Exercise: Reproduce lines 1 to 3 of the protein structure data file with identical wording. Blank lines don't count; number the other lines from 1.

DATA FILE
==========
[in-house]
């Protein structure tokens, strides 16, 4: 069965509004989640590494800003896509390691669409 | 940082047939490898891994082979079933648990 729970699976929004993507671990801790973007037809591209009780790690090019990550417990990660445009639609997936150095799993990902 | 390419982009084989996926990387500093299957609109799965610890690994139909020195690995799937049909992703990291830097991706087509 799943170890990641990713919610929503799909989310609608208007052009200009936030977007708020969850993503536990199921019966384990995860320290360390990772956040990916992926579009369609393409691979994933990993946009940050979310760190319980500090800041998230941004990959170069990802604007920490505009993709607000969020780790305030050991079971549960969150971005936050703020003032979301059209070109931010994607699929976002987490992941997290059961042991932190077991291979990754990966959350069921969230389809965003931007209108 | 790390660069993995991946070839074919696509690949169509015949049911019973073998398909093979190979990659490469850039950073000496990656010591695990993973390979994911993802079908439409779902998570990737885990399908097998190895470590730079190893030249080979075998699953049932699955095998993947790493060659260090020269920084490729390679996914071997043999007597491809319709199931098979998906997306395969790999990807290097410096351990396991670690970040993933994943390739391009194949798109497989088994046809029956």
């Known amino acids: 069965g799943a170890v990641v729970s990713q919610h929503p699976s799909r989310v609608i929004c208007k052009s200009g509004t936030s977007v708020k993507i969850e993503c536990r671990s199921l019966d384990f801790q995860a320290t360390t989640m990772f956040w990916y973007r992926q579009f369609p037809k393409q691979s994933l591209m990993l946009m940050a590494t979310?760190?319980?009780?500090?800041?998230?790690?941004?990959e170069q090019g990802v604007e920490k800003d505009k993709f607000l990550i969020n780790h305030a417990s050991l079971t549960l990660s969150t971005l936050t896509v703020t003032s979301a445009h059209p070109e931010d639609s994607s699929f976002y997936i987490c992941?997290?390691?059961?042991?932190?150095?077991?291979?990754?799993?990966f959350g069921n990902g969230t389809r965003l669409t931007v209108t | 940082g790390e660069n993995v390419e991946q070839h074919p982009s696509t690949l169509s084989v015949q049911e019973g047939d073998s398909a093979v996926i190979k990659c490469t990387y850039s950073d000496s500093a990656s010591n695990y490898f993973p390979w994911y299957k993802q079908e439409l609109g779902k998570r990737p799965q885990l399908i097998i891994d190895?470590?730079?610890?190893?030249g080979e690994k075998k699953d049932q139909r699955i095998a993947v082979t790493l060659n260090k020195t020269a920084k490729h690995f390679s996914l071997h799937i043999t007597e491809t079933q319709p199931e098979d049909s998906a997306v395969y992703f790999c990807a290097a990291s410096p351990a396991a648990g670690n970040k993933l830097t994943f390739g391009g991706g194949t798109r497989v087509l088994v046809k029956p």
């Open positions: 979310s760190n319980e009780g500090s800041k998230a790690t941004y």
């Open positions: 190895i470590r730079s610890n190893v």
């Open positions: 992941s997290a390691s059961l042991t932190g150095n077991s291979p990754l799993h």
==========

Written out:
[in-house]
């Protein structure tokens, strides 16, 4: 069965509004989640590494800003896509390691669409 | 940082047939490898891994082979079933648990 729970699976929004993507671990801790973007037809591209009780790690090019990550417990990660445009639609997936150095799993990902 | 390419982009084989996926990387500093299957609109799965610890690994139909020195690995799937049909992703990291830097991706087509 799943170890990641990713919610929503799909989310609608208007052009200009936030977007708020969850993503536990199921019966384990995860320290360390990772956040990916992926579009369609393409691979994933990993946009940050979310760190319980500090800041998230941004990959170069990802604007920490505009993709607000969020780790305030050991079971549960969150971005936050703020003032979301059209070109931010994607699929976002987490992941997290059961042991932190077991291979990754990966959350069921969230389809965003931007209108 | 790390660069993995991946070839074919696509690949169509015949049911019973073998398909093979190979990659490469850039950073000496990656010591695990993973390979994911993802079908439409779902998570990737885990399908097998190895470590730079190893030249080979075998699953049932699955095998993947790493060659260090020269920084490729390679996914071997043999007597491809319709199931098979998906997306395969790999990807290097410096351990396991670690970040993933994943390739391009194949798109497989088994046809029956």
């Known amino acids: 069965g799943a170890v990641v729970s990713q919610h929503p699976s799909r989310v609608i929004c208007k052009s200009g509004t936030s977007v708020k993507i969850e993503c536990r671990s199921l019966d384990f801790q995860a320290t360390t989640m990772f956040w990916y973007r992926q579009f369609p037809k393409q691979s994933l591209m990993l946009m940050a590494t979310?760190?319980?009780?500090?800041?998230?790690?941004?990959e170069q090019g990802v604007e920490k800003d505009k993709f607000l990550i969020n780790h305030a417990s050991l079971t549960l990660s969150t971005l936050t896509v703020t003032s979301a445009h059209p070109e931010d639609s994607s699929f976002y997936i987490c992941?997290?390691?059961?042991?932190?150095?077991?291979?990754?799993?990966f959350g069921n990902g969230t389809r965003l669409t931007v209108t | 940082g790390e660069n993995v390419e991946q070839h074919p982009s696509t690949l169509s084989v015949q049911e019973g047939d073998s398909a093979v996926i190979k990659c490469t990387y850039s950073d000496s500093a990656s010591n695990y490898f993973p390979w994911y299957k993802q079908e439409l609109g779902k998570r990737p799965q885990l399908i097998i891994d190895?470590?730079?610890?190893?030249g080979e690994k075998k699953d049932q139909r699955i095998a993947v082979t790493l060659n260090k020195t020269a920084k490729h690995f390679s996914l071997h799937i043999t007597e491809t079933q319709p199931e098979d049909s998906a997306v395969y992703f790999c990807a290097a990291s410096p351990a396991a648990g670690n970040k993933l830097t994943f390739g391009g991706g194949t798109r497989v087509l088994v046809k029956p």